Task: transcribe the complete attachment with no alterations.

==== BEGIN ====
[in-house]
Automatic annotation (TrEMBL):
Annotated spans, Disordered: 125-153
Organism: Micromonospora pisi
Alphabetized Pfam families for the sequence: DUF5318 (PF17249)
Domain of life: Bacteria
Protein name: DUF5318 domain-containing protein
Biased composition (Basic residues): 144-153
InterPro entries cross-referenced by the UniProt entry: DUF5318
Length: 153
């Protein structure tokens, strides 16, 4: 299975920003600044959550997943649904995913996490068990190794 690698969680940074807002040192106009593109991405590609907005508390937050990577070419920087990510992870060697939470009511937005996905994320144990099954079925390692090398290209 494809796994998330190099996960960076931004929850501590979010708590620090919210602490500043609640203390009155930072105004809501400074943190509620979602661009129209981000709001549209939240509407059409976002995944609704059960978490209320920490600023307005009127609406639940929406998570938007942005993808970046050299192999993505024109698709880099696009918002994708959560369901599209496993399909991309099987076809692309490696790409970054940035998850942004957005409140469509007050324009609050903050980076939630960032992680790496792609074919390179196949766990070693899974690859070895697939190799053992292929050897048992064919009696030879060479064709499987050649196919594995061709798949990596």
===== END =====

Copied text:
[in-house]
Automatic annotation (TrEMBL):
Annotated spans, Disordered: 125-153
Organism: Micromonospora pisi
Alphabetized Pfam families for the sequence: DUF5318 (PF17249)
Domain of life: Bacteria
Protein name: DUF5318 domain-containing protein
Biased composition (Basic residues): 144-153
InterPro entries cross-referenced by the UniProt entry: DUF5318
Length: 153
């Protein structure tokens, strides 16, 4: 299975920003600044959550997943649904995913996490068990190794 690698969680940074807002040192106009593109991405590609907005508390937050990577070419920087990510992870060697939470009511937005996905994320144990099954079925390692090398290209 494809796994998330190099996960960076931004929850501590979010708590620090919210602490500043609640203390009155930072105004809501400074943190509620979602661009129209981000709001549209939240509407059409976002995944609704059960978490209320920490600023307005009127609406639940929406998570938007942005993808970046050299192999993505024109698709880099696009918002994708959560369901599209496993399909991309099987076809692309490696790409970054940035998850942004957005409140469509007050324009609050903050980076939630960032992680790496792609074919390179196949766990070693899974690859070895697939190799053992292929050897048992064919009696030879060479064709499987050649196919594995061709798949990596």